What You Need to Know About Playing Sports in Extreme Heat

how-much-drinking-water-do-we-need_71690_990x742Too hot to play? We have seen extreme temperatures these past few years all over the country…even in Orange County, a region with very moderate temperatures, we have recently seen a few days of extreme heat, then normal temperatures, then extreme heat. This makes it difficult for young athletes to acclimate to the hotter weather, making them more inefficient at staying cool while playing sports. I must admit, this is probably the first time I’ve been happy both of my kids play ice sports!

It is important during these hot, hot days that coaches, parents and players recognize there are adjustments that need to be made in order to keep everyone safe. Heat related illnesses are the second most common type of sports injury in young athletes, and they’re completely preventable!

First, let’s review heat related illnesses, because as coaches, parents and players, we need to be able to recognize and quickly treat these potentially life threatening conditions.

SIGNS OF DEHYDRATION AND HEAT ILLNESS

Dehydration increases the risk of heat illness. The symptoms outlined below do not necessarily occur in an orderly, predictable progression. A young athlete could experience heat stroke in absence of other indicators.

I’ve written about the signs and symptoms of dehydration in my Blog on Hydration, so let’s focus on heat exhaustion and heat stroke.

  • Heat Exhaustion 

As a young athlete becomes dehydrated, the likelihood of heat exhaustion increases if left untreated.

Common symptoms of heat exhaustion are:

  • Dizziness & fatigue
  • Feeling chilly
  • Rapid pulse

Treatment of heat exhaustion is similar to that of dehydration and should take place immediately. This treatment includes:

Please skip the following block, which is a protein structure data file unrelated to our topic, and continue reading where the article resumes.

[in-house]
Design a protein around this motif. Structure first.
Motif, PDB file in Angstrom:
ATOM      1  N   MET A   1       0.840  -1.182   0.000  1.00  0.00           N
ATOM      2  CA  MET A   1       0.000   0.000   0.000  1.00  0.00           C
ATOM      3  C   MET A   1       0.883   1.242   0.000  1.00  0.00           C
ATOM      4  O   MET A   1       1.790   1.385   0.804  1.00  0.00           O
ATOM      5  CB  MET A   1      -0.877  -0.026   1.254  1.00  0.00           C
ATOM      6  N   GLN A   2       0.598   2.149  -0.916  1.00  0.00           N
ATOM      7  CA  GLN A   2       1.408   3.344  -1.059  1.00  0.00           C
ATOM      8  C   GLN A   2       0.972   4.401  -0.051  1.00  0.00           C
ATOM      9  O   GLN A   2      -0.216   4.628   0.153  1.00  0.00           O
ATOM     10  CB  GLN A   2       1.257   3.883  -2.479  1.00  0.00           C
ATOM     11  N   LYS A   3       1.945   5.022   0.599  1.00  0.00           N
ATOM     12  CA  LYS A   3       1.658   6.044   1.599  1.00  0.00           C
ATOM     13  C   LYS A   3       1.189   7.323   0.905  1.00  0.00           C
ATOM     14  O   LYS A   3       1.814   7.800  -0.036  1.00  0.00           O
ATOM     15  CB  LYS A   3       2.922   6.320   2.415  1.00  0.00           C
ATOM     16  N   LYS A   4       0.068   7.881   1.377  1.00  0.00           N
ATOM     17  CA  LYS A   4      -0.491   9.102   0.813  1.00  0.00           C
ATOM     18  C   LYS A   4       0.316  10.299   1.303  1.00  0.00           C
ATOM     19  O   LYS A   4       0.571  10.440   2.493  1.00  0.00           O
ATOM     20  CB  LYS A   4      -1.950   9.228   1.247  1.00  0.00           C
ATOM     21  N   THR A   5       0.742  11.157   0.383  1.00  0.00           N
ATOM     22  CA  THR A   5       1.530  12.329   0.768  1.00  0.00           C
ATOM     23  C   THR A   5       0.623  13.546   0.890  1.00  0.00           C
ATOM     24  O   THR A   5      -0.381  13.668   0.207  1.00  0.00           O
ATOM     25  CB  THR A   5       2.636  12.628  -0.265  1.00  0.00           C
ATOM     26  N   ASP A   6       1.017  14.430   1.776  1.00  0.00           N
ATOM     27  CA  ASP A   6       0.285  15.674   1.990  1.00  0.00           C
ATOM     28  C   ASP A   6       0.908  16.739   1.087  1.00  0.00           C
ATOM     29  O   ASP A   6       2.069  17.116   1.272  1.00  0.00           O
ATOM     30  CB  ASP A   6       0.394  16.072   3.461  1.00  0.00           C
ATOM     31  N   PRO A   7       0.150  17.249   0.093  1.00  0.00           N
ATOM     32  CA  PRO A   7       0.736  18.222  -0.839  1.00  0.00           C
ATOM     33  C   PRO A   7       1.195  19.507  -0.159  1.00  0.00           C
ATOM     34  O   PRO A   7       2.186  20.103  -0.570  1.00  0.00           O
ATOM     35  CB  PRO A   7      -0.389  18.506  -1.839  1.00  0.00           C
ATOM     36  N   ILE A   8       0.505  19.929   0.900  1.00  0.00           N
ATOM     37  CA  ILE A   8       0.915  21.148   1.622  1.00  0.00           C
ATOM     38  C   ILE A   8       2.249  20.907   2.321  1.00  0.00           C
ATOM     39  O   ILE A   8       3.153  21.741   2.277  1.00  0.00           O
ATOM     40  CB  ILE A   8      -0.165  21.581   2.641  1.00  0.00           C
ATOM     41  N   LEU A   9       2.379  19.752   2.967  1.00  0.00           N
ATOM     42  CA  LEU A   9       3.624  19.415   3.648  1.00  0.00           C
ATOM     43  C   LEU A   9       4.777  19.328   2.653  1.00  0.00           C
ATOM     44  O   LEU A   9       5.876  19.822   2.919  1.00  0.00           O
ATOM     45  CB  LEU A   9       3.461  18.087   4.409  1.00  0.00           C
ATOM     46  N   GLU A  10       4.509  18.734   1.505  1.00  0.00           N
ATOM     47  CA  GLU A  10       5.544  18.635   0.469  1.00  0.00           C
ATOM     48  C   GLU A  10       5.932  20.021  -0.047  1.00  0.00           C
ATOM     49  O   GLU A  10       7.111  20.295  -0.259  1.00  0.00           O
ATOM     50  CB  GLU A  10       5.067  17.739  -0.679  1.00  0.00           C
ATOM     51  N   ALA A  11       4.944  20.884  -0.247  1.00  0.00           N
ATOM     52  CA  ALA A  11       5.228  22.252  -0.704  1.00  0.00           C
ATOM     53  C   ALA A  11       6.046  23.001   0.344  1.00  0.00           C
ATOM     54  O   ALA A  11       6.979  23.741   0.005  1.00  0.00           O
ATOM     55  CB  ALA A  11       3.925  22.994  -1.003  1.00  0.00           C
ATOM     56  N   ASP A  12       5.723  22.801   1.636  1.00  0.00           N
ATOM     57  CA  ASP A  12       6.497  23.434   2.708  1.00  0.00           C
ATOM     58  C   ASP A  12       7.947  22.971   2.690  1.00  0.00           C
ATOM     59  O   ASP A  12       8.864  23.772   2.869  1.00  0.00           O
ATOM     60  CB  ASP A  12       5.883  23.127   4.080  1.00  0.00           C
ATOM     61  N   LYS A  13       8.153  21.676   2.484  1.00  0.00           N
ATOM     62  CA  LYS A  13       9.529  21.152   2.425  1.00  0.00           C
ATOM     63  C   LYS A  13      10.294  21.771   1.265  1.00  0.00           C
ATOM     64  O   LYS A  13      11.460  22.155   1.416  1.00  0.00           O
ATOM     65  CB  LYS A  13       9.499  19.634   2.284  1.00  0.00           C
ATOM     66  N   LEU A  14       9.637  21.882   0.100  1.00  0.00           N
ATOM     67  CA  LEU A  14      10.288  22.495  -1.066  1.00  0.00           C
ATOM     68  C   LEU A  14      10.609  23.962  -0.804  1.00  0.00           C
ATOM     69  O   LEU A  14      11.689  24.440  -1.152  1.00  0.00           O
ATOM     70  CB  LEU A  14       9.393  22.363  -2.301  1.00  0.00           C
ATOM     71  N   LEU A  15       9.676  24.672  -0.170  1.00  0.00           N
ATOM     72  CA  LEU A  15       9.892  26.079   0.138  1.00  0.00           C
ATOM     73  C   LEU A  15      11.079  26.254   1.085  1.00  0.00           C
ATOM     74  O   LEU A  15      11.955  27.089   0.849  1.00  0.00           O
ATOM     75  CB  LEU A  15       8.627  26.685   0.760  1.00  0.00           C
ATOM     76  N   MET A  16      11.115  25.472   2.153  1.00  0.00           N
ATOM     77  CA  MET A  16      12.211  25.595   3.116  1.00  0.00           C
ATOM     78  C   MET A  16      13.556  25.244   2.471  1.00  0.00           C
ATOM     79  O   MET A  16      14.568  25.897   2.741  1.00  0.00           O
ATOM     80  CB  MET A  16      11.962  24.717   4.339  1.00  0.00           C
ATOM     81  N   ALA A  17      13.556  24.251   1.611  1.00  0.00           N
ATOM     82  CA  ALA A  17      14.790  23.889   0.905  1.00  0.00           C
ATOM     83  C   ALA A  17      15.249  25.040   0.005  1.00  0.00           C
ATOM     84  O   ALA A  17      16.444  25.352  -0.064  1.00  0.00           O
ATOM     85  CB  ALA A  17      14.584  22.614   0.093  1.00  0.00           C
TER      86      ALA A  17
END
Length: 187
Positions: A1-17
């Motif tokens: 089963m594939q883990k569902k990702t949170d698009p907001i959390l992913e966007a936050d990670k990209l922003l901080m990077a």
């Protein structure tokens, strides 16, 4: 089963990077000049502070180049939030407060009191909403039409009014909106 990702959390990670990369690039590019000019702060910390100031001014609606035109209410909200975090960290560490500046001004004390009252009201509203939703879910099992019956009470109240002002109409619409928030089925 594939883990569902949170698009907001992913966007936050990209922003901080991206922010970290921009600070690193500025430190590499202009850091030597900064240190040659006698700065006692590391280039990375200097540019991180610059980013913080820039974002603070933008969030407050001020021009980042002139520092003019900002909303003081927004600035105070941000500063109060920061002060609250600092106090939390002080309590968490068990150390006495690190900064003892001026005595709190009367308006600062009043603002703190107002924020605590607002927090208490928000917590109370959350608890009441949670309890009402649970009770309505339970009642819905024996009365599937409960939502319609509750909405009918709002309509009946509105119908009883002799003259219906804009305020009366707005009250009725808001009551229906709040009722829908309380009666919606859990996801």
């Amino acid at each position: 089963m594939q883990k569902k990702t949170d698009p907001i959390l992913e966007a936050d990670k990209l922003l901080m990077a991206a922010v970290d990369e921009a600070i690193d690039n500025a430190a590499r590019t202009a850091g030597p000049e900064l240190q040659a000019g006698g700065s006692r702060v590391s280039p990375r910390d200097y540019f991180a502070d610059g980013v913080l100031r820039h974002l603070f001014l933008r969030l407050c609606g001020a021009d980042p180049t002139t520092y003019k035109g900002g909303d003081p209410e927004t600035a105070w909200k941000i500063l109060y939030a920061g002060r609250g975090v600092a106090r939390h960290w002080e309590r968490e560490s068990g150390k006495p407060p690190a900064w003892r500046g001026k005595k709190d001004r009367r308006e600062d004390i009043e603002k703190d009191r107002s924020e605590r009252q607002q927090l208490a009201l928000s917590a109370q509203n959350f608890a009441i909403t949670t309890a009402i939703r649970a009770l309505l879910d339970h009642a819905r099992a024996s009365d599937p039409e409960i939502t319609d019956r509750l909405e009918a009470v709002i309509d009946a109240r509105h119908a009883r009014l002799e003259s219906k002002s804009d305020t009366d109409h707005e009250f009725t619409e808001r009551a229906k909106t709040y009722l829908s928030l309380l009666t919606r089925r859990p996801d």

• Rest the child in a cool, shaded and place ice cold towels on them
  • Drink a sports drink that contains electrolytes
  • Have the child lie down with legs elevated to promote circulation
  • Athlete should begin to feel better relatively soon, if not, assume heat stroke
  • Heat Stroke

Heat stroke is a medical emergency! It can result in death when not recognized promptly and treated properly. Damage to critical organs can occur if the organs remain overheated for an extended period of time (even just 30 minutes), hence the need for rapid cooling.

Symptoms of heat stroke include:

  • Very high core body temperature (measured rectally because other sites are not valid immediately following intense exercise in the heat)
  • Altered mental function (i.e. confusion, unconsciousness, altered mental status, feeling out-of-sorts, extreme lethargy)
  • An otherwise healthy athlete collapses during intense exercise in the heat

It is important to distinguish that athletes get better relatively quickly with heat exhaustion, but they get worse with heat stroke. Heat stroke must be treated immediately by doing the following:

  • SEEK MEDICAL ATTENTION IMMEDIATELY. Heat stroke is a medical emergency. Always transport a suspected exertional heat stroke to the hospital!
  • Do NOT wait for paramedics to arrive! Immediately begin to cool the athlete down by whatever means possible −An ice bath (holding head out of bath) −Ice packs over as much as body as possible −A cool shower −Cool, wet towels −Water spray

Do not provide fluids since nausea and vomiting are extremely common. Remove the player from cooling source(s) when core temperature is lowered to 102 degrees F.

Precautions when practicing or playing in extreme heat

  • Young athletes MUST drink during the day, BEFORE practice, ideally at least 16 ounces of water 2 hours before practice. DURING practice, they should drink 8-12 ounces of fluid every 20-30 minutes. In extreme heat, players should use a sports drink while practicing, for adequate electrolyte replacement.
  • Players should wear loose, light-colored clothing if possible, and only necessary additional gear.
  • Have someone (ideally not a coach) in charge of monitoring players for signs of dehydration, muscle cramping, heat exhaustion and heat stroke.
  • Make sure there’s a shady area to cool down between plays or during breaks
  • If a player feels weak, dizzy, nauseous or lightheaded, notify the coach immediately!

Hope everyone stays safe and cool!

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